JSON has become a popular inter-process communication (IPC) data interchange format for a variety of computer languages. It is important to understand that JSON is not a protocol, but an encoding format. JSON enables structured data to be serialized into a text format, which is then sent over the wire to the receiving end.
Most IoT protocols utilize TCP/IP as the transport mechanism. TCP/IP is a stream based protocol which does not include any framing information when used for sending messages across the wire. IoT protocols add framing information on top of TCP/IP when transmitting data, making it easy to send packets across the wire. For example, the WebSocket protocol add a size header to the data, and a WebSocket stack provides a packet based API for the application designer using the stack. Pub/Sub protocols, such as MQTT and SMQ, also provide a packet based API.
Since IoT protocols provide a packet based API, any JSON encoder/decoder can be used for serializing and deserializing structured data sent across the wire. However, in some cases an IoT protocol is overkill may add unnecessary memory and processing overhead. An IoT product designer may select to directly use TCP/IP as the transport layer for sending structured data across the wire. A standard JSON encoder/decoder cannot be used when using a non-frame based transport layer.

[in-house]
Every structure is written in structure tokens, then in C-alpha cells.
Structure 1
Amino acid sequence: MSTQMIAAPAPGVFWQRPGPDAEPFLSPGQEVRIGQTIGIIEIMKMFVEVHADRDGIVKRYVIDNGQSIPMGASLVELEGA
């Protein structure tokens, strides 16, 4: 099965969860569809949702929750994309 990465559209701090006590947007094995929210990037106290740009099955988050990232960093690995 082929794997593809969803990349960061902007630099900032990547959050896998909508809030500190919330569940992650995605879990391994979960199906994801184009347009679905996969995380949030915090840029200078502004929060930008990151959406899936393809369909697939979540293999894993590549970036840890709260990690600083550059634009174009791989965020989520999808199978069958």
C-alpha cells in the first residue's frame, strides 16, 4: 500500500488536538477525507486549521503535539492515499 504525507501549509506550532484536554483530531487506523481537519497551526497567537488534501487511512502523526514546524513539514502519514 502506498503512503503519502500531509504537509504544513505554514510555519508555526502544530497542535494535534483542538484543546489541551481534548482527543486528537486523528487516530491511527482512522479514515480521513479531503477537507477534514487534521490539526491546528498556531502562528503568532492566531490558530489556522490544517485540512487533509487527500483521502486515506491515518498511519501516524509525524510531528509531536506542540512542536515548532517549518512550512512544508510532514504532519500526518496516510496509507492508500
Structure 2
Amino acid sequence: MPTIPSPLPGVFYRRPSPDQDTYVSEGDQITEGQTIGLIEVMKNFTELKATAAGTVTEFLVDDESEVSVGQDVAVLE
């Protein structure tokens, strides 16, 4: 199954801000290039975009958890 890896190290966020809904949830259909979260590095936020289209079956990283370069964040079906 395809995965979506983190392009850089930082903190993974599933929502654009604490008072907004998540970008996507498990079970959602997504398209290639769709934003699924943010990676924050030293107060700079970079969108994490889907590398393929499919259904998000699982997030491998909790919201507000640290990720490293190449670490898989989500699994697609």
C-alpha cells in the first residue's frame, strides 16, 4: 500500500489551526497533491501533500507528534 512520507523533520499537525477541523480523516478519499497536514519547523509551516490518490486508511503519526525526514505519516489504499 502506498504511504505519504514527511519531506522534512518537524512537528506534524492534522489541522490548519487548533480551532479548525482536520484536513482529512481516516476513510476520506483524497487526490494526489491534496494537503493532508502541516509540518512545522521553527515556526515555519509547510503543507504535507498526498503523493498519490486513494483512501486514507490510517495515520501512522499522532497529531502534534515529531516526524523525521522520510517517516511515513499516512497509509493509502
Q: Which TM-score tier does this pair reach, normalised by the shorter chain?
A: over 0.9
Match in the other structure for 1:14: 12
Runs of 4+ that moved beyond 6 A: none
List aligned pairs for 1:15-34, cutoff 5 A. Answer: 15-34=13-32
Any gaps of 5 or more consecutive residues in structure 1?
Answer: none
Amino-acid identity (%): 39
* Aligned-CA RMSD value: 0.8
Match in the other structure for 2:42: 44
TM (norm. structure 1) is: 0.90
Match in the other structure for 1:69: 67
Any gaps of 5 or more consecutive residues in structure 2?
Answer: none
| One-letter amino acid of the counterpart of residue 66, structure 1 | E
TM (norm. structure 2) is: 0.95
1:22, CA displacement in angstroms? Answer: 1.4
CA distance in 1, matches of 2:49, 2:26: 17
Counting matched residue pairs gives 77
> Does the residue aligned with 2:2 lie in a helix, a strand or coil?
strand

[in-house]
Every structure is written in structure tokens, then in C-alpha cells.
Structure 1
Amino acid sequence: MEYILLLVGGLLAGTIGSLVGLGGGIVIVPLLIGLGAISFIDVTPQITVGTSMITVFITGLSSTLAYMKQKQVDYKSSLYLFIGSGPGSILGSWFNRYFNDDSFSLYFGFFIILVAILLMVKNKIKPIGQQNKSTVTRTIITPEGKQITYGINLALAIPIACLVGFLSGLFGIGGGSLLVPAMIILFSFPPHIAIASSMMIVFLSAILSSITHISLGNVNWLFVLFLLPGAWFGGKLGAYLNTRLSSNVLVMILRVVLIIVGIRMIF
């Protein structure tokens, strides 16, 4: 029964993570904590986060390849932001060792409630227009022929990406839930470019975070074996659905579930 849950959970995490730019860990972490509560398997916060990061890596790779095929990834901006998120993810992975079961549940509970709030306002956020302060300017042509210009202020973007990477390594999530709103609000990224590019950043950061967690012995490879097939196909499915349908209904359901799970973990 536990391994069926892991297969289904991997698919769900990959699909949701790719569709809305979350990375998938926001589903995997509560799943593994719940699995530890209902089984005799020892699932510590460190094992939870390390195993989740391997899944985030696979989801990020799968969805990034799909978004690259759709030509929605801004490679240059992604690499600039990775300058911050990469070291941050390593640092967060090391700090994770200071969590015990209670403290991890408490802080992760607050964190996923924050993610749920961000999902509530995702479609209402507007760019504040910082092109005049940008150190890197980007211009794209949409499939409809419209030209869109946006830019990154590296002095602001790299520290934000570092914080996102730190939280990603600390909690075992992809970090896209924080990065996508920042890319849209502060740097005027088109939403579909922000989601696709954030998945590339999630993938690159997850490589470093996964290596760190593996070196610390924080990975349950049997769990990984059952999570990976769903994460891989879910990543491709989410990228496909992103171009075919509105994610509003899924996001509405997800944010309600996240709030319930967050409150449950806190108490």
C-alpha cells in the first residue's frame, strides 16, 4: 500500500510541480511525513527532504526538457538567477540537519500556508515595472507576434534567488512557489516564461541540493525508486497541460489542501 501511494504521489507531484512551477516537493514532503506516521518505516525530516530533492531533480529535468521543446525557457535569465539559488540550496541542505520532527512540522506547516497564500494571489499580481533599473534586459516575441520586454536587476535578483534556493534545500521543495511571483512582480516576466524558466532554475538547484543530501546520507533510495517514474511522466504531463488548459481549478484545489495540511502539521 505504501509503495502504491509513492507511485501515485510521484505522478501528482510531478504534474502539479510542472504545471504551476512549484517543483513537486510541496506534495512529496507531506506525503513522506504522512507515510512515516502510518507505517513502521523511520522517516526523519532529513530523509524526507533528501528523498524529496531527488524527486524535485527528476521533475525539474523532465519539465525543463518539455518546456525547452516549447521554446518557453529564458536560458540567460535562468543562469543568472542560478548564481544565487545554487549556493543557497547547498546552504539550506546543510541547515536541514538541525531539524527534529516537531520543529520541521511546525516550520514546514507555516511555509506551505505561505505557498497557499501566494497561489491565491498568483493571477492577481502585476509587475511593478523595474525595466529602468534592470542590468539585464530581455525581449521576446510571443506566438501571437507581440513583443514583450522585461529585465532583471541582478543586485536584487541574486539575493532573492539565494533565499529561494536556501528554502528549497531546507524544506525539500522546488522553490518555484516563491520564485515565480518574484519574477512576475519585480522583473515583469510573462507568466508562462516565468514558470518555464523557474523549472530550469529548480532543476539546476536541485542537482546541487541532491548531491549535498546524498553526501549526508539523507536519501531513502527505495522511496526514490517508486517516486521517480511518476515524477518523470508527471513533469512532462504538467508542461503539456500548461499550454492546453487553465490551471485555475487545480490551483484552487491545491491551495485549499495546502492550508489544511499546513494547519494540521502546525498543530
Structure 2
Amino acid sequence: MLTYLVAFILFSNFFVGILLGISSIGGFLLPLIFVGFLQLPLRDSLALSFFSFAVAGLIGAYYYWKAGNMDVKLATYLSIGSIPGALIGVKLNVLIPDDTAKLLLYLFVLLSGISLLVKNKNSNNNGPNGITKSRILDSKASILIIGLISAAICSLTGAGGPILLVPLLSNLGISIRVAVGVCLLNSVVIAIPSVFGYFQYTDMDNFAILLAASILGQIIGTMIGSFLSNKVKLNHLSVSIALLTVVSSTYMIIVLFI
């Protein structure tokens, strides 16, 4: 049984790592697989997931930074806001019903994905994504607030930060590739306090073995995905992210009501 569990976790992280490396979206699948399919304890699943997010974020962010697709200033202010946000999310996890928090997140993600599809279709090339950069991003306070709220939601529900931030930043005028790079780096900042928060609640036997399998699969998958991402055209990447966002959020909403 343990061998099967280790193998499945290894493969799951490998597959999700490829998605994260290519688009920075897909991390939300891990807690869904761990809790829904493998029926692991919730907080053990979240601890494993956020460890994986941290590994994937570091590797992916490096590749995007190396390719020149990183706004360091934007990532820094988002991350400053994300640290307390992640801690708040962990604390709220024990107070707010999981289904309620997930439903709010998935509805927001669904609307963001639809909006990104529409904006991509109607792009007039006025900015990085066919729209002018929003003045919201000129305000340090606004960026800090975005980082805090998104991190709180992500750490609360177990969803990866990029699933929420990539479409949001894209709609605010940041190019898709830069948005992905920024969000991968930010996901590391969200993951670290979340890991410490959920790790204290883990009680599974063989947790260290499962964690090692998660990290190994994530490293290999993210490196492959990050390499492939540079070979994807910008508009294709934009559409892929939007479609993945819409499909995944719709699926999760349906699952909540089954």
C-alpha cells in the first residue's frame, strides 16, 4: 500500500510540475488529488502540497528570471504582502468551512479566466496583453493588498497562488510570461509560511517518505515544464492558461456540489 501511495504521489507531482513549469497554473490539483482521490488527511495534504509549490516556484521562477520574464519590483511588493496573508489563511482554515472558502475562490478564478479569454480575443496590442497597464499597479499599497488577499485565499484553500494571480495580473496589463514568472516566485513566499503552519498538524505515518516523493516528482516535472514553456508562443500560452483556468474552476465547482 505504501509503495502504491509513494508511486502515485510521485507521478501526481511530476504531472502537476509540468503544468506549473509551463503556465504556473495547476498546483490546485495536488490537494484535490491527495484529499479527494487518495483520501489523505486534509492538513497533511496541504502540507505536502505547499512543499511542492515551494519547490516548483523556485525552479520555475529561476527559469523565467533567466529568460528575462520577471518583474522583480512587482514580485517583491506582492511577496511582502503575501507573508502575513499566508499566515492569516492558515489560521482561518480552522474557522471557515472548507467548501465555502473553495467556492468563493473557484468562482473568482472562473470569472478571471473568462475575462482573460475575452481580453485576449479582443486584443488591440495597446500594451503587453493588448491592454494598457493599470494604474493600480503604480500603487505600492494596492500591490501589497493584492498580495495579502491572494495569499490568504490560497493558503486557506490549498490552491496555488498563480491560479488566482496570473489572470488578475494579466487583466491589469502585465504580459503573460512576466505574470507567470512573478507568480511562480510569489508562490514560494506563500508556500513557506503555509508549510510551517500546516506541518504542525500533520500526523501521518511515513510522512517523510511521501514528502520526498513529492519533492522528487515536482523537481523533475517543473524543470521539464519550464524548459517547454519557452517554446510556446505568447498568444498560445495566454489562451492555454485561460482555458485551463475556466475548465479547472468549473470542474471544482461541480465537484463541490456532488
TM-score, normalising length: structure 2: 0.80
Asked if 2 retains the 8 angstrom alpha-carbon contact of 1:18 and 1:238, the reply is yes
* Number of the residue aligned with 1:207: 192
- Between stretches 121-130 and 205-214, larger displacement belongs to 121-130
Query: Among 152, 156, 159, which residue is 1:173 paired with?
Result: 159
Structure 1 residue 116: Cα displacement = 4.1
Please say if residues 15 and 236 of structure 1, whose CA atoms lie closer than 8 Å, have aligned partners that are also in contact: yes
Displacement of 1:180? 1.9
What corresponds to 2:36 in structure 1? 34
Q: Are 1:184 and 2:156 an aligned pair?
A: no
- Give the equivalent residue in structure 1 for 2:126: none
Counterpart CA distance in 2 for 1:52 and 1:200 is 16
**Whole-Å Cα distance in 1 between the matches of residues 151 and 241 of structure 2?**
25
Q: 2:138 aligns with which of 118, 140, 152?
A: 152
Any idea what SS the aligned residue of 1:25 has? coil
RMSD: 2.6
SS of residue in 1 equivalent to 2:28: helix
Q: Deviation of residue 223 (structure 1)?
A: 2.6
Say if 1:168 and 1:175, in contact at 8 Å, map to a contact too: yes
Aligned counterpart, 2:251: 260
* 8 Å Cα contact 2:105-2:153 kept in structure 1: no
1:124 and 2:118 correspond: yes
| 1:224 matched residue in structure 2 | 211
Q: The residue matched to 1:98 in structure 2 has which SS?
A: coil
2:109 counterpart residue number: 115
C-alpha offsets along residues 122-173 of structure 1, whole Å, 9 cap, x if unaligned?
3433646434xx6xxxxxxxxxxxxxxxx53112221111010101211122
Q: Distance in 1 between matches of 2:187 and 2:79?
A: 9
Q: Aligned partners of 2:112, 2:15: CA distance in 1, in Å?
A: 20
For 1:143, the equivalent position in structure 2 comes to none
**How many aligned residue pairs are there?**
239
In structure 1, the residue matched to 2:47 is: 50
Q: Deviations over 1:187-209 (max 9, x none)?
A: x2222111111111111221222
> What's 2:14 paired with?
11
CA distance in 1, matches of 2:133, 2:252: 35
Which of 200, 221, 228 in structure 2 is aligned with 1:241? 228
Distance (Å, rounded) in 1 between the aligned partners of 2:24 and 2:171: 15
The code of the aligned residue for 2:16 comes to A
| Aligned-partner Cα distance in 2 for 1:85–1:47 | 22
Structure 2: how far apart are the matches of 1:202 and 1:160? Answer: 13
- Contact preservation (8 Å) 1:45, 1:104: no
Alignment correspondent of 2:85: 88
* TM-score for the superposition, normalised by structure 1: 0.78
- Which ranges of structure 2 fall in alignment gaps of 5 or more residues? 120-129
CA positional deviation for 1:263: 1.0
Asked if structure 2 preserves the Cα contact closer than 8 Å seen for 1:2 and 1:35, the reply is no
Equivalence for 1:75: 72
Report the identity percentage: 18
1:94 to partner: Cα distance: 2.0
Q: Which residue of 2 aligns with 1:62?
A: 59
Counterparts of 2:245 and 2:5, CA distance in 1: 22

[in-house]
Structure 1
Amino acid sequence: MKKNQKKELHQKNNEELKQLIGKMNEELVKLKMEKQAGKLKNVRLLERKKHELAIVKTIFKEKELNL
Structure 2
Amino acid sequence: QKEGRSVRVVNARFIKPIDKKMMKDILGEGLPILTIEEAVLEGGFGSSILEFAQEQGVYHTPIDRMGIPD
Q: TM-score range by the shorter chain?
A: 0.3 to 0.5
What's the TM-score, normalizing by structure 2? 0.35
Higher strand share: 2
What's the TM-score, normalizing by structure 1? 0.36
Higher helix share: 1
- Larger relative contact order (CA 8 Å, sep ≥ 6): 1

Our open source JSON library is designed such that it can be used for serializing and deserializing structured data directly on a non-frame based data stream such as TCP/IP. By eliminating the IoT protocol and directly using TCP/IP, the code size can be as small as 3Kb ROM for a combined TCP/IP stack and the JSON library (the uIP TCP/IP stack is only 2.1Kb).
Our open source JSON parser is designed to parse data on a non-frame based stream and can correctly parse JSON packets as they trickle in on a raw data stream.
Unlike protocols based on Remote Procedure Calls (RPC), such as HTTP and CoAP, structured data can be sent asynchronously in both directions at any time. This is in stark contrast to HTTP/REST based applications, which require polling for updates. Polling for updates is specifically inefficient when security and encryption are required. To understand why this is such a bad idea, read The scalability problem with using HTTPS/REST for IoT tutorial.
Security can easily be added by using a TLS (SSL) protocol stack. The TLS layer is added in between the JSON encoder/decoder and the TCP/IP stack. Adding security increases the code size, and the size added depends on the TLS stack being used. With SharkSSL, it's possible to limit this code size to just below 20Kb.
If you are interested in building network programs in C/C++ that sends structured data across a raw TCP/IP connection, read the detailed explanation on how to use our JSON encoder/decoder. See the JSON encoder/decoder documentation for details.
The following figure is from the HTTPS/REST tutorial and shows why polling using REST is not recommended and why using a persistent socket connection is preferred for IoT communication.
As you see from figure 1, what appears from a higher level perspective as a single HTTPS request/response is actually a set of several messages sent on the wire. This imposes a problem in HTTPS based systems that require data sent from the server to the device client since such systems require that the client polls the server for updates. The more frequent the polls, the more load placed on the server. As an example, assume we design a remote control system for opening and closing garage doors. Continue reading...